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Berginski: Walk on, Mr. Montgomery, walk on

By Staff | Jan 2, 2015

A map showing Randy Montgomery’s progress. Montgomery is walking on a prayer circle around the perimeter of the United States.

We at the Berginski household had ourselves a visitor on Christmas Eve. It wasn’t that jolly home invader that likes to sneak in through the chimney while everyone’s asleep. It wasn’t my grandparents, aunts, uncles or cousins. It was a man who is literally walking around the country.

My mom met 63-year-old Mt. Shasta, Calif., native Randy Montgomery when he came into her shop. Montgomery is a “circle maker”, he is walking the entire perimeter of the United States on a prayer circle of sorts. He arrived in Rugby the day before and slept in a tent at the fairgrounds. Being the kind-hearted, generous woman my mom is, she invited him into our house – well I should say the house across the street, but we own it, so technically it is our house. He went to our church for Christmas Eve service. (I was at home, sick, so I missed it.) He dined with us, talked of the life he had before he started his walk. He had a nice house in California as well as a log truck, both of which he left.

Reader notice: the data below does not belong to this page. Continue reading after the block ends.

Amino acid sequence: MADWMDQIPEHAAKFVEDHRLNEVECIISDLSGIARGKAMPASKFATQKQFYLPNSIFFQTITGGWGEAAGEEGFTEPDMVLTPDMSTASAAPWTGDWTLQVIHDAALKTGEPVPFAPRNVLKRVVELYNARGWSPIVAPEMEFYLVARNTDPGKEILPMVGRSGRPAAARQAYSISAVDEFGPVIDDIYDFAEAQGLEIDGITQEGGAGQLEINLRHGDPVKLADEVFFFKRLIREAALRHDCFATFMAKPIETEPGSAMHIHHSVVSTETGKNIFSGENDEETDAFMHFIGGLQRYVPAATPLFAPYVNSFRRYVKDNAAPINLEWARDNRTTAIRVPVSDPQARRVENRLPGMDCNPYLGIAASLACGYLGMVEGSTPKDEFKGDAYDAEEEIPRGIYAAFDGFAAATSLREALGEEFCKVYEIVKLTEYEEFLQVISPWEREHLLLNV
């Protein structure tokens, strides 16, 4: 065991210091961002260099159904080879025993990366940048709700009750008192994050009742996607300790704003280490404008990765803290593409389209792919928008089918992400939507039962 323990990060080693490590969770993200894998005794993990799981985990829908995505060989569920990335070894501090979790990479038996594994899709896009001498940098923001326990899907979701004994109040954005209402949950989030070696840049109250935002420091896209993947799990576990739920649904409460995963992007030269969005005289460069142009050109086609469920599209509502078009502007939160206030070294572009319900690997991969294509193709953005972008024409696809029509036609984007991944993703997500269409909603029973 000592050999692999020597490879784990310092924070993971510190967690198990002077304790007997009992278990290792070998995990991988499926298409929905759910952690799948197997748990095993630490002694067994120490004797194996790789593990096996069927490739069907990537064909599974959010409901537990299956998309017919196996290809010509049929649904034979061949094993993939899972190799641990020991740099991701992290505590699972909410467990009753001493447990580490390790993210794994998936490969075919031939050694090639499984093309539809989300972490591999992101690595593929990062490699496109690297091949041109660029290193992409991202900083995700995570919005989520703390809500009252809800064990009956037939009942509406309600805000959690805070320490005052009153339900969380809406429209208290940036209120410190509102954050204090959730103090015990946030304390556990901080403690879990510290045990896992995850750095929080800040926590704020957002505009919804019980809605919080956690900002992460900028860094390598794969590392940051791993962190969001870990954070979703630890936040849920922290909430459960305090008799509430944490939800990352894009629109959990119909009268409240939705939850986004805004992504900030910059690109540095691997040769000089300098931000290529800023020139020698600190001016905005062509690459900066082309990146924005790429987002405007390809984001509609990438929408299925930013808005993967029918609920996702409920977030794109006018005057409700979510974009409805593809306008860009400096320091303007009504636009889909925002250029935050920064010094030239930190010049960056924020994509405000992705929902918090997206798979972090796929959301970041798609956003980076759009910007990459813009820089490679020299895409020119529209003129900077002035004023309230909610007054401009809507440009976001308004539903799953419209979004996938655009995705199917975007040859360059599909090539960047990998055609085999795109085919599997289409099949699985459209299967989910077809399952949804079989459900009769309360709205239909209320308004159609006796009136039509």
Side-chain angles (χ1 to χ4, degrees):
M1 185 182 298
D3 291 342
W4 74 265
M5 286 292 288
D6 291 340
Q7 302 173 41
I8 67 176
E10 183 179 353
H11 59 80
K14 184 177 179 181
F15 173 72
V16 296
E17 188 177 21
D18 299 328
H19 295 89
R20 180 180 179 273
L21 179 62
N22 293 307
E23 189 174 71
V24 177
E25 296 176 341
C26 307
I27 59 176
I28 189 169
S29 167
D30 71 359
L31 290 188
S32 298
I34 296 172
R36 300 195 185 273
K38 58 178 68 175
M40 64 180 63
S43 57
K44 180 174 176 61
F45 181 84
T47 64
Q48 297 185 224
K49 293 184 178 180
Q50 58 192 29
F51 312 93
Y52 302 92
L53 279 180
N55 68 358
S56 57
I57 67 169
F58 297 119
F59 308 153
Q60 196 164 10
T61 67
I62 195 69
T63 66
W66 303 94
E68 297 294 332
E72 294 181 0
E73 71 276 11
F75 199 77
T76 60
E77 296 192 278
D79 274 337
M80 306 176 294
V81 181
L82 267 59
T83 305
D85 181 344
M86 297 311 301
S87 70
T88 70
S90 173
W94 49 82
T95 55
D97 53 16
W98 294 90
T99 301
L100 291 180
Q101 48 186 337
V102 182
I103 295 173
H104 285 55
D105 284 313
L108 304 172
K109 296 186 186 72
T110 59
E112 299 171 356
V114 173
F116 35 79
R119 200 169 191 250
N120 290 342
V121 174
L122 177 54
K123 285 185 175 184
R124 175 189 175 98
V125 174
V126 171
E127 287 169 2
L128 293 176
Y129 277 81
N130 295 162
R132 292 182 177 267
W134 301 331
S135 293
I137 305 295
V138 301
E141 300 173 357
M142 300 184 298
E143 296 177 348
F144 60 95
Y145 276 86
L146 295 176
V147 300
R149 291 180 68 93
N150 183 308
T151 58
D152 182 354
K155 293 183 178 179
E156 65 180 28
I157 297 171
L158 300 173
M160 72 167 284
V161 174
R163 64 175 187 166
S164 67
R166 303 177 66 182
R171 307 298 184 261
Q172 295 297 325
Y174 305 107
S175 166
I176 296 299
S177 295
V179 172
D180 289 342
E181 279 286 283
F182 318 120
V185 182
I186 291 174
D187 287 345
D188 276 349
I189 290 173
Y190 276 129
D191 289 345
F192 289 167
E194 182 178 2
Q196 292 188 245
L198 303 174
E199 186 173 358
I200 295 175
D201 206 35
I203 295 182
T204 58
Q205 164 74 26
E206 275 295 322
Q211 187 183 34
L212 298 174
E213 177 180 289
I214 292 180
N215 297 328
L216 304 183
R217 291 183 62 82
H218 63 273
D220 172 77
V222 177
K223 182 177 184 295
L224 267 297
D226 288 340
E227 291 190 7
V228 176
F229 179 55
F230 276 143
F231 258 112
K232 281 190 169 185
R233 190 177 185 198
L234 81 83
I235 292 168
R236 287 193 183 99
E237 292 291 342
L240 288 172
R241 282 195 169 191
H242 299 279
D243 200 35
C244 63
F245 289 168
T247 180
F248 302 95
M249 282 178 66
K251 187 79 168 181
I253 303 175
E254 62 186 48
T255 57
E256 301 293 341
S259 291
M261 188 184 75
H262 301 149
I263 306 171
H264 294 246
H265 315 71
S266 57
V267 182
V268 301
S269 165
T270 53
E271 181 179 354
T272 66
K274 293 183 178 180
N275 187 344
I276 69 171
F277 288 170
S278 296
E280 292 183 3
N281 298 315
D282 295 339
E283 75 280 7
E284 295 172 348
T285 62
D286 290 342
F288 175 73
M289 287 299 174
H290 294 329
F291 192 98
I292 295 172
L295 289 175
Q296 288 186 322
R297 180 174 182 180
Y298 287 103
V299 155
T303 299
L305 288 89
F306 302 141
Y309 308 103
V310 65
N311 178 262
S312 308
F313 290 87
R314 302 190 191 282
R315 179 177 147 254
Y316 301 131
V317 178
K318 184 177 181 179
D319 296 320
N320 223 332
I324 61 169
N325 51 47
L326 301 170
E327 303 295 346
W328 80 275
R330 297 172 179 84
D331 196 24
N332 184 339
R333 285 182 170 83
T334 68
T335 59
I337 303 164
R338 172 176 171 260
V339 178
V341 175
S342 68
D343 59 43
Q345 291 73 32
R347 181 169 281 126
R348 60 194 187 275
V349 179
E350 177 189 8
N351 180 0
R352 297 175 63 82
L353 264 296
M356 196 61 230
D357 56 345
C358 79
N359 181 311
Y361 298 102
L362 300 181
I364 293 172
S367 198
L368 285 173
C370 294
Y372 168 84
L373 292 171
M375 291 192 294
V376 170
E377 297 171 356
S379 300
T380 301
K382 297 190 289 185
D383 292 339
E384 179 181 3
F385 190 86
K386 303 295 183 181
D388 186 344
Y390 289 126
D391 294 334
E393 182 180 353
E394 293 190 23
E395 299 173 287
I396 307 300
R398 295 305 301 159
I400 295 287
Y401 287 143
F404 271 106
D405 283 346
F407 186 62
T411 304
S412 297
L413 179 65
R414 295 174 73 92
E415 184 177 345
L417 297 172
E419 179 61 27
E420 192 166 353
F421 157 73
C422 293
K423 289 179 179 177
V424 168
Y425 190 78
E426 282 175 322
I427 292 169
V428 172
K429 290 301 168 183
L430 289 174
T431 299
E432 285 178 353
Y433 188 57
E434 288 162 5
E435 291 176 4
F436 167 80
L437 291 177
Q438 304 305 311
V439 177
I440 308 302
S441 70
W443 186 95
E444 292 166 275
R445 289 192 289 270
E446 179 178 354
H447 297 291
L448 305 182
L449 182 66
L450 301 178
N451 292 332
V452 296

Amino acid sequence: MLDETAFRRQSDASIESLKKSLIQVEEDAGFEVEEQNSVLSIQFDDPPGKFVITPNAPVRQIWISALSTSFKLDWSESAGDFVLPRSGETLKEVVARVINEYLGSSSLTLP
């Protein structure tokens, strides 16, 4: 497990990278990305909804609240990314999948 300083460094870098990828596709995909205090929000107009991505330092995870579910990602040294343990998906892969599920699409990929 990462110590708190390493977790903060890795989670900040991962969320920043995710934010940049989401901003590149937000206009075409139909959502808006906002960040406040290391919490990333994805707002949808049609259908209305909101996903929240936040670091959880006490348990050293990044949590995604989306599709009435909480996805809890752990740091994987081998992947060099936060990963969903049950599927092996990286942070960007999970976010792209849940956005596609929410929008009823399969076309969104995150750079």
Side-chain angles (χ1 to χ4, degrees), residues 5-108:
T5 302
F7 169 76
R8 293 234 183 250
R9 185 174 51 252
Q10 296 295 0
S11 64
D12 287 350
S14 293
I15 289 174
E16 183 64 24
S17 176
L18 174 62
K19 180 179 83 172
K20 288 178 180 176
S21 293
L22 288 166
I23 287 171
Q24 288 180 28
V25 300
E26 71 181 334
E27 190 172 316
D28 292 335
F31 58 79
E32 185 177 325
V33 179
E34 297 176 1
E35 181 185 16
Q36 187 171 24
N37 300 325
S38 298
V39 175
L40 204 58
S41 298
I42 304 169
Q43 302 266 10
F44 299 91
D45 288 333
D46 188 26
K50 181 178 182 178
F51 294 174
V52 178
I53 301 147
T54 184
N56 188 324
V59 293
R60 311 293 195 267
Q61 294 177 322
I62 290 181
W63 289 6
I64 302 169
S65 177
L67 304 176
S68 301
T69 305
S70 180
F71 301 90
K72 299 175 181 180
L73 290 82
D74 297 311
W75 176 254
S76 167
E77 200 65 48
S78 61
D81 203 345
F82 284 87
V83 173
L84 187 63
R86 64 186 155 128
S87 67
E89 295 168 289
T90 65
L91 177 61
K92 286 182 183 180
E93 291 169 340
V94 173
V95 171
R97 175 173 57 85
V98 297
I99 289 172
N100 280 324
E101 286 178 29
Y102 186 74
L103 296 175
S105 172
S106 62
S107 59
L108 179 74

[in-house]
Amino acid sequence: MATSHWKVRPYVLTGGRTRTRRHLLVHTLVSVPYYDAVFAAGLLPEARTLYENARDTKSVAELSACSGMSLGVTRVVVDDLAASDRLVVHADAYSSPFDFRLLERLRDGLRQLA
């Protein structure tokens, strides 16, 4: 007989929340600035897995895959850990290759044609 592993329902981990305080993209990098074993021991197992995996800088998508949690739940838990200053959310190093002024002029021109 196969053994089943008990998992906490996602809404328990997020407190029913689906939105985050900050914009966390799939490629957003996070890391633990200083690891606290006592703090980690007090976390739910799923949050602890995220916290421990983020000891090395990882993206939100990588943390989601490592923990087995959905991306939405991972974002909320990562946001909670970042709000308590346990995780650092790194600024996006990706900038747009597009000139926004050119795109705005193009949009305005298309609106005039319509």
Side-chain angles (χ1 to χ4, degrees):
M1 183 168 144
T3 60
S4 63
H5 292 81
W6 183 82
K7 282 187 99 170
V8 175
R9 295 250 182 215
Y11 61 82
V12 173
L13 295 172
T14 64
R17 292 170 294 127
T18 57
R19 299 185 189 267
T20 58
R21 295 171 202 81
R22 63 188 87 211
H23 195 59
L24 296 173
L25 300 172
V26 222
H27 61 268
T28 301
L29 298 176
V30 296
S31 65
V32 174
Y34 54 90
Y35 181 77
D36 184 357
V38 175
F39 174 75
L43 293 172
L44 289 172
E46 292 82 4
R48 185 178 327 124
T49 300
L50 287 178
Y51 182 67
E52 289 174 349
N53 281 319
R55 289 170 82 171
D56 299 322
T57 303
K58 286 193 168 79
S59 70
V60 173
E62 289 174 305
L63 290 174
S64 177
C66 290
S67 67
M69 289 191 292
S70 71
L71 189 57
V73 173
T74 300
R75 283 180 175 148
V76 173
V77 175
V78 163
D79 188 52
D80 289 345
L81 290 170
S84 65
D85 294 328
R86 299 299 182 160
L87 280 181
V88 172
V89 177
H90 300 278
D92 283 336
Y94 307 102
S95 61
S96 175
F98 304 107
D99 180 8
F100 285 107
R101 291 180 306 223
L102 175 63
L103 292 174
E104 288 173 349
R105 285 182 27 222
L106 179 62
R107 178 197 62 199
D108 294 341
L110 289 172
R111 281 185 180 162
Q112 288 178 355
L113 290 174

Montgomery started his walk on July 1 in California. He was inspired by a book called, “The Circle Maker” by Mark Batterson. The book describes Honi, a first century Jewish sage, who drew a circle in sand, stood in it and refused to leave it until God answered his prayers for rain. Batterson himself walked in a four-block prayer circle on top of Capitol Hill in Washington, D.C. and later formed a church in that stretch.

“I read that and I thought, I’m not a man with good book sense, but I have good common sense,” Montgomery said. “I closed the book and said, ‘Man, I’m gonna do one around the United States. If that man could do one to create his church, then I want to do one to create beautiful things inside the United States.”

Montgomery said his walk – which is just over 14,000 miles – will take at least five years to complete. In the six months since his walk began, a website was formed in which people can buy shirts or donate money to the cause. Montgomery has used some of that money to buy a tent, a coat, and a sleeping bag that can take temperature extremes of close to fifty below, as well. His walk has been, as he said, to inspire acts of kindness and friendship in others, and he has been seeing a ripple effect.


“It’s amazing how many kind people are in this world. It’s unbelievable how many have come forward and are inspired by what I’m doing. I’m inspiring them and they’re inspiring me,” Montgomery said.

If that isn’t inspiring, I don’t know what is.

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